Most Sundays, I go on a long run of anywhere between 13-20 miles. I have developed my routine. What I eat and drink, what I wear, who I run with and where I run. Yesterday, I got to the park and looked around for Tom, the guy who I usually run with. He wasn’t there. Bad news, I would have to do my planned 20 mile run solo. I turned on my Garmin, my one luxury, the watch that tells me how far and how fast (relatively speaking) I run. The display on the screen said that the battery was low. I was rather taken back as I had charged the watch before using it. I started off by myself, less than thrilled to be alone on a day that was growing hotter by the minute. After only ¾ of a mile, my watch shut off. I was not a happy camper. Not only was I on my own, I would have no way of knowing how far to run. I would have to pace myself. I was tired and crabby and starting to feel sorry for myself. Then I decided to adjust my rabbit ears. It wasn’t easy, but I didn’t really have a choice. Unless I wanted to run 20 miles with a grouchy jerk.

In the end, I have no idea how far I ran. Based on the time it took me, it was probably at least 21 miles, although it might have been more. I was exhausted by the end, but in strange way, I felt pretty good. I could have given up. I could have been a whiny jerk. Based on those alternatives, 21+ sweaty miles looked pretty good.

Thursday, April 8, 2010

We are constantly told “Go for it”. Nikes encourages us to “Just do it”. We are, it seems, to always plow ahead, to keep going. Is there no room to take a break? A moment to pause and reflect?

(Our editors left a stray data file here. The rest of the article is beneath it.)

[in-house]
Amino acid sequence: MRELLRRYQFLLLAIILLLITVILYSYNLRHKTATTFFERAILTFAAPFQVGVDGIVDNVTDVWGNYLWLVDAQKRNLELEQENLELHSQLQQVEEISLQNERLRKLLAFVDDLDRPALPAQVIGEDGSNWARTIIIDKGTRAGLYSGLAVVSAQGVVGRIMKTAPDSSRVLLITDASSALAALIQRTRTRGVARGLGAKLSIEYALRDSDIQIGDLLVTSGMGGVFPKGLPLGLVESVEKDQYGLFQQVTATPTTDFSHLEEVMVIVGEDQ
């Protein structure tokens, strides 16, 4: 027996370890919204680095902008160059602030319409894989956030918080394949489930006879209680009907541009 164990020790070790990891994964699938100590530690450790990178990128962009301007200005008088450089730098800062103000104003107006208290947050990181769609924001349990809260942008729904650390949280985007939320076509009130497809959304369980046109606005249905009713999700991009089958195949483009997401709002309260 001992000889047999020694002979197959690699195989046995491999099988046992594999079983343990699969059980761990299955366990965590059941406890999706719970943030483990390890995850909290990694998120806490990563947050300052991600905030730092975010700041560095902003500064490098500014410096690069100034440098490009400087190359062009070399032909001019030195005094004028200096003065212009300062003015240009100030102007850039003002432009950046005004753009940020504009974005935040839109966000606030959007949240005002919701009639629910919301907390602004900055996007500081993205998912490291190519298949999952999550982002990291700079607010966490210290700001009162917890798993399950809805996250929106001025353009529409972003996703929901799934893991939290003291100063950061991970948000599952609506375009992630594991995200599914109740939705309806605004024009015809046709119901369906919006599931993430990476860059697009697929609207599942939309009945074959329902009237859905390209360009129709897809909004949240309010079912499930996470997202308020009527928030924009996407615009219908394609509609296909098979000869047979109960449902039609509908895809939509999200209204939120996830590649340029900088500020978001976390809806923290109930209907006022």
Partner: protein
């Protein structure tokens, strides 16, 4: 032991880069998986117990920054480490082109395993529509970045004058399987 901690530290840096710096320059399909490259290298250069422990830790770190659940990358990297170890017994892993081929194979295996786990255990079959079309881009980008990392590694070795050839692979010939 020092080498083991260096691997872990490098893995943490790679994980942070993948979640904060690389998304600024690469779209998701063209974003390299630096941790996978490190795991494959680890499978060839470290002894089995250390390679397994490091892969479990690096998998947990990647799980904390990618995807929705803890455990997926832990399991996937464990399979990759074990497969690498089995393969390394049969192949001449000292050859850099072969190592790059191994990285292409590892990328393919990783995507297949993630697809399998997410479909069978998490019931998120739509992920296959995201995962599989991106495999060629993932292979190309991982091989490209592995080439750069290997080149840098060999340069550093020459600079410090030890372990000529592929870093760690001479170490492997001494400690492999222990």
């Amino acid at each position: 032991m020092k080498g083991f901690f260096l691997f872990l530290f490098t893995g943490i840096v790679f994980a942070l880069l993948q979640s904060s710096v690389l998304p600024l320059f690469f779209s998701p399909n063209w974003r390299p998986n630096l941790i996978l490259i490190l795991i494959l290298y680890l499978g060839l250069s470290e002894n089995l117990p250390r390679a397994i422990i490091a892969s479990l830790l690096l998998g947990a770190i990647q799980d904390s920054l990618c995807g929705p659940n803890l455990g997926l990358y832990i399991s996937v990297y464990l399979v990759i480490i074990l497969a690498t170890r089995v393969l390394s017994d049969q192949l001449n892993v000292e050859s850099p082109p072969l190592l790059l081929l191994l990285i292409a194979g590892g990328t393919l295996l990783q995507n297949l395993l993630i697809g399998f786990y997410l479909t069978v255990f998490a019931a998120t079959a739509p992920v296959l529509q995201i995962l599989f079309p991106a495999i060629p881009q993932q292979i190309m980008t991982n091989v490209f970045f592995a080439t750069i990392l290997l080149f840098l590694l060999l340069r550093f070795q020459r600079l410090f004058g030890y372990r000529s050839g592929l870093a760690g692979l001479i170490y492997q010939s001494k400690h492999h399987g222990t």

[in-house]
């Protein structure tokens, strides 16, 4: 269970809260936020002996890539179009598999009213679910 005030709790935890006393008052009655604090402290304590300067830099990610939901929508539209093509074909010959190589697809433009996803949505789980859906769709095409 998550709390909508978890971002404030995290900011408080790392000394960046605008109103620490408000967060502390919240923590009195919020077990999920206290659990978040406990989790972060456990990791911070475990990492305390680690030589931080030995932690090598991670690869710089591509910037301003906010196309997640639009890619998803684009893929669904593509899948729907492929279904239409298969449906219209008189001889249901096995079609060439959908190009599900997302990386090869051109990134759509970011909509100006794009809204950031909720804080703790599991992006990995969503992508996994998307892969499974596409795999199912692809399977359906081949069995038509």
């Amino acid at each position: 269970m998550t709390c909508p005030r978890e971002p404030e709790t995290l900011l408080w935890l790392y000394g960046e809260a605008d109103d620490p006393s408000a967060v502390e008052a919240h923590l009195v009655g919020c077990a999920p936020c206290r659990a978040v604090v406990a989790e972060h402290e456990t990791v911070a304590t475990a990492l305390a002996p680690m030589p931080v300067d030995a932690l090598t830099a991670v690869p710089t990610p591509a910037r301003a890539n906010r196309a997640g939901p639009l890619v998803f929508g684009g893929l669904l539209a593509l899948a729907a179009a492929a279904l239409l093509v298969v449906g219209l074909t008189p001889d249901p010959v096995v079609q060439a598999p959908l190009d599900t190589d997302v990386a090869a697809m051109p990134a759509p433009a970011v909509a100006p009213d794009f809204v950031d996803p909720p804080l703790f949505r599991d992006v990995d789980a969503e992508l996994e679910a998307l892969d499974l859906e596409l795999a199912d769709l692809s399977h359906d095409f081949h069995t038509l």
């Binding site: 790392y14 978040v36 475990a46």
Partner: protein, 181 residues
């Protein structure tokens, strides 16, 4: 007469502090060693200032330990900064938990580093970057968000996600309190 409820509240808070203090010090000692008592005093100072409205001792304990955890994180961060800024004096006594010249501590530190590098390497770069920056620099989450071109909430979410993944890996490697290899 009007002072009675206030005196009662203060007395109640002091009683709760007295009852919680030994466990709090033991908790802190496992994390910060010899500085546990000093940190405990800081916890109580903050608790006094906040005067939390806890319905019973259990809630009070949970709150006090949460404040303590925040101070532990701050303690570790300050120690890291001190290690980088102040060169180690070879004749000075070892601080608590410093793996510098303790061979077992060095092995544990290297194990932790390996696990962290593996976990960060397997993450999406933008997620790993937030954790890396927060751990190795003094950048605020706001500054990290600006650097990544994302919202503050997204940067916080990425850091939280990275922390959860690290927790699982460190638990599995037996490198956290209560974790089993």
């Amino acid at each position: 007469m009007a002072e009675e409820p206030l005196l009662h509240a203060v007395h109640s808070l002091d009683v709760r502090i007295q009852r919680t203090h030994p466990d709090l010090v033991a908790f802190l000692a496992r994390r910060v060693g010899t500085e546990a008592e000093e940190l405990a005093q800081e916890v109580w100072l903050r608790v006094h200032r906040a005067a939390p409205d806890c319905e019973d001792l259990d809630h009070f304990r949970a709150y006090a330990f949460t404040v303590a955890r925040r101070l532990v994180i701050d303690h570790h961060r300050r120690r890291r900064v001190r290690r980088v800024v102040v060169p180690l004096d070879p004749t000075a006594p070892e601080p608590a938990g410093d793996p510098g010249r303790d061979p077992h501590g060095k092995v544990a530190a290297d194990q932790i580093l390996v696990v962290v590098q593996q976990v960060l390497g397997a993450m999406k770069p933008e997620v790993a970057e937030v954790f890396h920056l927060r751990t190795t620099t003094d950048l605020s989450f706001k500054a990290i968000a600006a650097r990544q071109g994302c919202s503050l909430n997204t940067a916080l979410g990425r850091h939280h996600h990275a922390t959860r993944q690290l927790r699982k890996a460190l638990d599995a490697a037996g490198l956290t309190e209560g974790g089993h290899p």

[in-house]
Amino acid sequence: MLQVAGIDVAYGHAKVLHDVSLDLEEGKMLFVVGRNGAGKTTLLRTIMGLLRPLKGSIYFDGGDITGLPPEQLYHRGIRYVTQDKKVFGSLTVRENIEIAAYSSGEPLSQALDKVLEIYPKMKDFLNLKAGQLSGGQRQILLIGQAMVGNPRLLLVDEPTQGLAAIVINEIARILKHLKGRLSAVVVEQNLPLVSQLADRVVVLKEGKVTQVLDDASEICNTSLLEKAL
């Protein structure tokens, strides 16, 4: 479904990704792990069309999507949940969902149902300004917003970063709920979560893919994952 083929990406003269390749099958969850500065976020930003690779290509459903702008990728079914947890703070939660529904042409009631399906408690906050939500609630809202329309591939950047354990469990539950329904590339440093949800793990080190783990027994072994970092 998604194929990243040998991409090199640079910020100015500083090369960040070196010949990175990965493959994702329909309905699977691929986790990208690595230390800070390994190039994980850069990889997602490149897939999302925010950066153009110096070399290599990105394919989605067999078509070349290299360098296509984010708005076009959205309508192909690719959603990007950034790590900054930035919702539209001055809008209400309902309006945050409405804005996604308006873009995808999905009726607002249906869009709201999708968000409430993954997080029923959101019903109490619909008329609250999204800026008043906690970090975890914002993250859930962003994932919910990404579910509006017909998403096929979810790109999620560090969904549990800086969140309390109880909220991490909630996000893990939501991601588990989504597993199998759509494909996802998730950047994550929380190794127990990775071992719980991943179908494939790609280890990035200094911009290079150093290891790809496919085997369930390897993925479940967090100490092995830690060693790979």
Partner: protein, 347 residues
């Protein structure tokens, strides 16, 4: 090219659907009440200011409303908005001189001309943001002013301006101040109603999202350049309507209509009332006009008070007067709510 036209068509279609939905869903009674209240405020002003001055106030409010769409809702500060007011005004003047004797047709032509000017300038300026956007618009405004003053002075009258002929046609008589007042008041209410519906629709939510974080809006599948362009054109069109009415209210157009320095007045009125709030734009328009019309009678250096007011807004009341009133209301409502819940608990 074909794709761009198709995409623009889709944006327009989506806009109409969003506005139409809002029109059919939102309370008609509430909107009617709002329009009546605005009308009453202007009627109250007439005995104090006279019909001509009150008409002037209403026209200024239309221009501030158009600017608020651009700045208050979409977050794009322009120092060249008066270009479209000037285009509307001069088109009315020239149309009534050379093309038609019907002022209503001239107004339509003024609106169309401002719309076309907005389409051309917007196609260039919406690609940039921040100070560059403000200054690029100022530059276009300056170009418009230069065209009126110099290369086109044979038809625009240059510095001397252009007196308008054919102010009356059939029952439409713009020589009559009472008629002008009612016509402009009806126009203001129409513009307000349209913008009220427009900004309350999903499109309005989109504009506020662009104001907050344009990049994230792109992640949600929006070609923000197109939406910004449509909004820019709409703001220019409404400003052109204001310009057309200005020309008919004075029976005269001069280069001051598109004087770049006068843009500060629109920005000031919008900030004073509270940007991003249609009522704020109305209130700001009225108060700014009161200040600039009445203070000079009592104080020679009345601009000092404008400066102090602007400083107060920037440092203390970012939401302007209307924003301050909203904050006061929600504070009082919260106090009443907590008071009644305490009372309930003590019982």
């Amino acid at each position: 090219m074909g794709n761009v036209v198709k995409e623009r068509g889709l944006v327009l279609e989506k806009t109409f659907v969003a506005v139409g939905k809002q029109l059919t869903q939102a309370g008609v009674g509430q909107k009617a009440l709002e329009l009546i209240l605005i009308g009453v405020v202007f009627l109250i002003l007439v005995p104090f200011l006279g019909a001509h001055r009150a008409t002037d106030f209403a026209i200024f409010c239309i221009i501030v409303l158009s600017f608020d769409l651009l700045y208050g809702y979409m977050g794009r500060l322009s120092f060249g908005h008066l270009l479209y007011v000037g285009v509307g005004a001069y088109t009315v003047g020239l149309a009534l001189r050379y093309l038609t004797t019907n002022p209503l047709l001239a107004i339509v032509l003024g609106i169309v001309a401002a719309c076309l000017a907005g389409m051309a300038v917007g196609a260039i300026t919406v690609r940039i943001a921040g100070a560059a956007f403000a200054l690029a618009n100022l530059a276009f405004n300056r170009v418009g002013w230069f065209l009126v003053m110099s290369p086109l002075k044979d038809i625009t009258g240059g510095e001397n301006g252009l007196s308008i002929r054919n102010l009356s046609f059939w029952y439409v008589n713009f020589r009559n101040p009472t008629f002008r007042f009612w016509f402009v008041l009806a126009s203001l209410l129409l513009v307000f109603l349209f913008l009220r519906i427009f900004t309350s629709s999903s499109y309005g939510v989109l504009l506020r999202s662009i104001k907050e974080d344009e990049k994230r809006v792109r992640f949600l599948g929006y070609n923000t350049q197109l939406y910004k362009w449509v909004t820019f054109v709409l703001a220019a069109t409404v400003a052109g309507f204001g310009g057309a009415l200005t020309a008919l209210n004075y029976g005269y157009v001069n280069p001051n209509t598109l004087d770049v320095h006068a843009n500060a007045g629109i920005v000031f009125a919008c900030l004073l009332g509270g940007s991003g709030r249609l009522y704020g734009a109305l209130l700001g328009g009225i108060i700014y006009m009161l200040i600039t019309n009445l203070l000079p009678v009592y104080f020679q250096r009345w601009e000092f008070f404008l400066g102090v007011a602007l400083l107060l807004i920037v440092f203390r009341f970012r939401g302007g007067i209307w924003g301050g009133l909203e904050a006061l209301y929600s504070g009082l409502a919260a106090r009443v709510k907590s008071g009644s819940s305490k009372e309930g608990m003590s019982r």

I recently read an article about a guy who has run every day, with only one day missed, for many years. Even that day, the day when he suffered a heart attack, he wanted to run, but the pesky doctors wouldn’t let him do it. He even missed his grandmother’s funeral due to a run, although the author is quick to point out that this runner attended her wake instead. I don’t know what the author’s intent was when writing this article, but I was not inspired. Instead, I felt sad for this man, who, it seems to me, has lost control of his running.

Over Pesach (Passover), there were certain days where I could not run. Not because I didn’t want to, or due to injury, rather it is prohibited according to Jewish law. Instead of feeling a sense of resentment, I appreciated the extra days of rest.